Florida Madden Tournament Shooter Had History of Mental Illness, Police Visits to Family Home

David Katz, the shooter who killed two people and wounded 10 others before taking his own life at an e-sports tournament in Jacksonville, Florida, on Sunday, was in treatment for psychiatric issues at least as early as the age of 12, according to family divorce records.

Katz, who was 24, was prescribed a number of psychiatric medications, including an antipsychotic, and saw "a succession of psychiatrists," according to a 2006 letter from the father's attorney. A separate 2006 court filing states that a therapist said David had experienced a "psychiatric crisis."

CNN also obtained police records that show 26 calls for service to the police from the Katz family home in Columbia, Maryland, from 1993 to 2009, for issues ranging from "mental illness" to domestic disputes. At least two of those calls involved Katz arguing with his mother, though none of the reports provided to CNN show any physical violence. The Howard County Police Department declined to release the reports from a number of the incidents, citing statutory restrictions.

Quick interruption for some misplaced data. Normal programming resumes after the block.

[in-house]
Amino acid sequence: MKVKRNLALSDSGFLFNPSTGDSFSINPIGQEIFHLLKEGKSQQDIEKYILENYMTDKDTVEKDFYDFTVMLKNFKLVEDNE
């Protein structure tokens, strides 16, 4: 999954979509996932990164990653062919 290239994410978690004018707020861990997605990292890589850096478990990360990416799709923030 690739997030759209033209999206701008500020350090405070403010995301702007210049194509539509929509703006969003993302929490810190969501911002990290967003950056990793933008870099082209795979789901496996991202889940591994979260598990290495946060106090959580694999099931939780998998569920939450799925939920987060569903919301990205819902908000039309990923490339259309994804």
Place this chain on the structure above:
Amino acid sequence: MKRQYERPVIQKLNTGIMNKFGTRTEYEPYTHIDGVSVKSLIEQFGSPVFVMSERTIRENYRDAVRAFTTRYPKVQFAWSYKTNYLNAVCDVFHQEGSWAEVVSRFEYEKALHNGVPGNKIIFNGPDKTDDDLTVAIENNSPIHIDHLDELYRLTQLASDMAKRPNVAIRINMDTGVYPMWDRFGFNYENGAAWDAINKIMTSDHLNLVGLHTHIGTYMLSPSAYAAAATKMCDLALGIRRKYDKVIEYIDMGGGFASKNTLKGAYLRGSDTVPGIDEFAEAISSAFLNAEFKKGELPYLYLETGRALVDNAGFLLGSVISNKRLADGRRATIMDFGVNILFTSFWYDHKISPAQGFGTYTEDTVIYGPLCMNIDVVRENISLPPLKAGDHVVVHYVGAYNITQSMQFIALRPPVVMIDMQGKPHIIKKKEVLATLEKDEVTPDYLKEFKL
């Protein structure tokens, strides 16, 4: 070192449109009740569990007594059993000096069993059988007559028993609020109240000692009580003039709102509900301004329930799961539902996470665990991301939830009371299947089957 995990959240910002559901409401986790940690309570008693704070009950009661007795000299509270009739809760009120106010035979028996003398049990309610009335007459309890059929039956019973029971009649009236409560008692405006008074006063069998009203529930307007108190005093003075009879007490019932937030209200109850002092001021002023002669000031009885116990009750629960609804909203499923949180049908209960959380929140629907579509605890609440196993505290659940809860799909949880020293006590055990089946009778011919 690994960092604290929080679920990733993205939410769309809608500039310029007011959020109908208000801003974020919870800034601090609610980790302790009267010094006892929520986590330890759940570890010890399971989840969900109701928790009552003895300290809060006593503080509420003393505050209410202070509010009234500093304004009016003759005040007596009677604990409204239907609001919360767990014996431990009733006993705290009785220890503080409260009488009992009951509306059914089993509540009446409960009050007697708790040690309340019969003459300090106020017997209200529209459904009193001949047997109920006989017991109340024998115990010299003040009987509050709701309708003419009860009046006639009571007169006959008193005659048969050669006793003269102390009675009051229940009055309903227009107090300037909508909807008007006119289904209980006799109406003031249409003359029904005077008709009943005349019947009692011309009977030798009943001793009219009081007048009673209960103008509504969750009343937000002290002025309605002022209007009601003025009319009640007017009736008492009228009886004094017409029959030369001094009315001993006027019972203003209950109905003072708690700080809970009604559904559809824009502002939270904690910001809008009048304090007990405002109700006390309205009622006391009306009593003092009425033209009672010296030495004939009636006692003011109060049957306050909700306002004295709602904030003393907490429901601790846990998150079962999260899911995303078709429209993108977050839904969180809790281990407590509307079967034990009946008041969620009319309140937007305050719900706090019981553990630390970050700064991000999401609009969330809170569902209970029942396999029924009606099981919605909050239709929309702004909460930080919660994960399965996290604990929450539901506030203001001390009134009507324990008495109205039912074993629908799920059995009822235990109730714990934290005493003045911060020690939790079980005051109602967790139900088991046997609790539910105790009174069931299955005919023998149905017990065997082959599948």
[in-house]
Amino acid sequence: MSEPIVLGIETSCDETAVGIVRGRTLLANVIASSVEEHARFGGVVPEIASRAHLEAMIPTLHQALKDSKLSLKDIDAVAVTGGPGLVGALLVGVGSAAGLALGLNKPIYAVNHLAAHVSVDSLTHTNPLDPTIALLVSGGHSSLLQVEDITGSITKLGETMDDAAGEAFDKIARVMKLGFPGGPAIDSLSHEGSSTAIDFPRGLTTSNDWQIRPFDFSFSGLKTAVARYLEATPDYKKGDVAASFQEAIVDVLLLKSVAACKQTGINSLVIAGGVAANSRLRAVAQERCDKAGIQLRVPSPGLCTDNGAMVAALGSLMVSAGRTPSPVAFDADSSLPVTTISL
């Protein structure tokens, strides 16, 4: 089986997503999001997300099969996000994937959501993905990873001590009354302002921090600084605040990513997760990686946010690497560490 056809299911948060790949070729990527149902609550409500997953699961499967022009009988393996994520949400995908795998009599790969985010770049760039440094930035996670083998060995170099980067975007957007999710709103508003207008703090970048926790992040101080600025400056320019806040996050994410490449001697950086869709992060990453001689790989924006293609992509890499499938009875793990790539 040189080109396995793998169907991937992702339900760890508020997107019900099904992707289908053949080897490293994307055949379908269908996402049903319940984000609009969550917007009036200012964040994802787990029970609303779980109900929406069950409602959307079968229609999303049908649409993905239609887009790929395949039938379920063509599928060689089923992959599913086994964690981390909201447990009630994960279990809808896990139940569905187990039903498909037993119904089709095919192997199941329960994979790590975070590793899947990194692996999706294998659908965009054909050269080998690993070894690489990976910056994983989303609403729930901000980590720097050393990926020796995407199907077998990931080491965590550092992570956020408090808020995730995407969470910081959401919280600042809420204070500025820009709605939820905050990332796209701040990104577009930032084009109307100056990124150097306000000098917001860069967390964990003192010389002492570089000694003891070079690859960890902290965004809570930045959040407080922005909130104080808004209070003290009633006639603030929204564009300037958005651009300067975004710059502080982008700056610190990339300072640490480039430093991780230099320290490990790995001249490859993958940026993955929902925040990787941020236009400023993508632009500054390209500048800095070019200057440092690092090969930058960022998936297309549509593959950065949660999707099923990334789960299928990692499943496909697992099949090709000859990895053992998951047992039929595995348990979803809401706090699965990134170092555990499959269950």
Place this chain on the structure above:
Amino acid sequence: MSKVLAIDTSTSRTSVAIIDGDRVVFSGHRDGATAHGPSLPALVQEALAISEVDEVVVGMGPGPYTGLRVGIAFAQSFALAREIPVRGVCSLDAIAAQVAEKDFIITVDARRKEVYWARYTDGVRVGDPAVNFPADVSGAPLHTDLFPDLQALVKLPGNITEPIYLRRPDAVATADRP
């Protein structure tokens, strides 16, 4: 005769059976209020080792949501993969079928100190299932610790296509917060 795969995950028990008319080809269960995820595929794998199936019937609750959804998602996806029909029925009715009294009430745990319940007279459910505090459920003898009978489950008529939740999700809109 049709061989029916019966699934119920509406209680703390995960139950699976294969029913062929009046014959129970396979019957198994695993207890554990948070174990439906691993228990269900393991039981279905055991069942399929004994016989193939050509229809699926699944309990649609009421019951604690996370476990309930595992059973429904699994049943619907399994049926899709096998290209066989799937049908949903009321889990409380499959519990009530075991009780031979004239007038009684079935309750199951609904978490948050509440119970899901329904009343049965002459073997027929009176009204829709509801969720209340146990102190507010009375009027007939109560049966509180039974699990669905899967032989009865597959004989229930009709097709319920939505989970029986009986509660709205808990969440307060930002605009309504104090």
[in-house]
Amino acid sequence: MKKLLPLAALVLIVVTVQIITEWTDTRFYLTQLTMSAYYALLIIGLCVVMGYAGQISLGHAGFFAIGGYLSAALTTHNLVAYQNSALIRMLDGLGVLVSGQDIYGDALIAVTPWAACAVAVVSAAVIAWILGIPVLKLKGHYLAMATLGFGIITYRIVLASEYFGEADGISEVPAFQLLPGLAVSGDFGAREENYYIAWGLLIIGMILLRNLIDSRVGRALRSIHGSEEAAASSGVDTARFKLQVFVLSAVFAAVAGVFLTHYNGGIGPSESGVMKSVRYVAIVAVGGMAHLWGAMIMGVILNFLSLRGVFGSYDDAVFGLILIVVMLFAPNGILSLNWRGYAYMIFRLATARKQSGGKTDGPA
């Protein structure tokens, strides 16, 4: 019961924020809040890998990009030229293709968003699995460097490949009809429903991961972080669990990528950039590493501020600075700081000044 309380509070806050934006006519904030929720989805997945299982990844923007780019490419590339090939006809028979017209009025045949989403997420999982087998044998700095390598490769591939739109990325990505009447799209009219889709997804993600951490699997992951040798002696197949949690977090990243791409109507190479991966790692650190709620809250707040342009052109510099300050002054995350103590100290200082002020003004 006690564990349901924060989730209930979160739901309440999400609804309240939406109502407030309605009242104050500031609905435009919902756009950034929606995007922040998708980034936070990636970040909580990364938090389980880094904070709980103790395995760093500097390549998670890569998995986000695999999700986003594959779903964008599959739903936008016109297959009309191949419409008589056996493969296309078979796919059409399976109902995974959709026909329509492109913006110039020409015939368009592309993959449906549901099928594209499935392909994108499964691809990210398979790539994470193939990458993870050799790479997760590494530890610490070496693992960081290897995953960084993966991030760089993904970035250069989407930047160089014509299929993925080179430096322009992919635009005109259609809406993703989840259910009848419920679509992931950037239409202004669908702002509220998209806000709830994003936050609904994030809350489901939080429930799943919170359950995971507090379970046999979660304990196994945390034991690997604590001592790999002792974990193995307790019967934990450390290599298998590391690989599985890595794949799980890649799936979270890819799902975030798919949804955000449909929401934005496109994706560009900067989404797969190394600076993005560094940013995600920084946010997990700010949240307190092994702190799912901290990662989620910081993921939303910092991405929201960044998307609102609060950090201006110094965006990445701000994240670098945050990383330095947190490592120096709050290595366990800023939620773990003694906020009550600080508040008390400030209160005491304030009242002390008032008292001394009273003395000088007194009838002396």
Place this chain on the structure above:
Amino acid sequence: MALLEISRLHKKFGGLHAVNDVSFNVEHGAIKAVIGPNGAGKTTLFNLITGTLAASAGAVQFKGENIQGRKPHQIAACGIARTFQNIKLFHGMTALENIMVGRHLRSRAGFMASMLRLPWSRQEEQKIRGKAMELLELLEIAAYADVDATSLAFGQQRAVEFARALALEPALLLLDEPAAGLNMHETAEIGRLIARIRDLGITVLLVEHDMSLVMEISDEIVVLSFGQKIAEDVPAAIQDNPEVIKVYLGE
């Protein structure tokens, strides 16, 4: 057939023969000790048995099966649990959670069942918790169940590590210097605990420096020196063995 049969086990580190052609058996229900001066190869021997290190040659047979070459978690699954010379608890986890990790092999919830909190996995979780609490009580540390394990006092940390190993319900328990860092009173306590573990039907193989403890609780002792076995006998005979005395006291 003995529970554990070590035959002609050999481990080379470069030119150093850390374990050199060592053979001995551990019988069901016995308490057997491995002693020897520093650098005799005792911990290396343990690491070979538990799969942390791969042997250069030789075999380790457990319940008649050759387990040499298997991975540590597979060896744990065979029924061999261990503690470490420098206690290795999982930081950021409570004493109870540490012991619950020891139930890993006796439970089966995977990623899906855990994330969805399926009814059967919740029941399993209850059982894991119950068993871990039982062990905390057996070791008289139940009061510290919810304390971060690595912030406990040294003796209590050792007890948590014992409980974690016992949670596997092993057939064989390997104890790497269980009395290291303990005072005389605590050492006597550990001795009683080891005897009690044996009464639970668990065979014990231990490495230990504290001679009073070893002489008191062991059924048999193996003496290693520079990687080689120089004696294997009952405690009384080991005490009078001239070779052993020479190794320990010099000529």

Since Sunday's shooting, the family has told investigators that David Katz suffered from mental health issues, according to a law enforcement source who described the family as being very cooperative with investigators. Both parents have worked for the federal government. Richard Katz is a NASA engineer employed at the Goddard Space Flight Center outside Washington, DC, according to an agency spokesperson. Elizabeth Katz was listed as an employee of the Food and Drug Administration at the time of her divorce.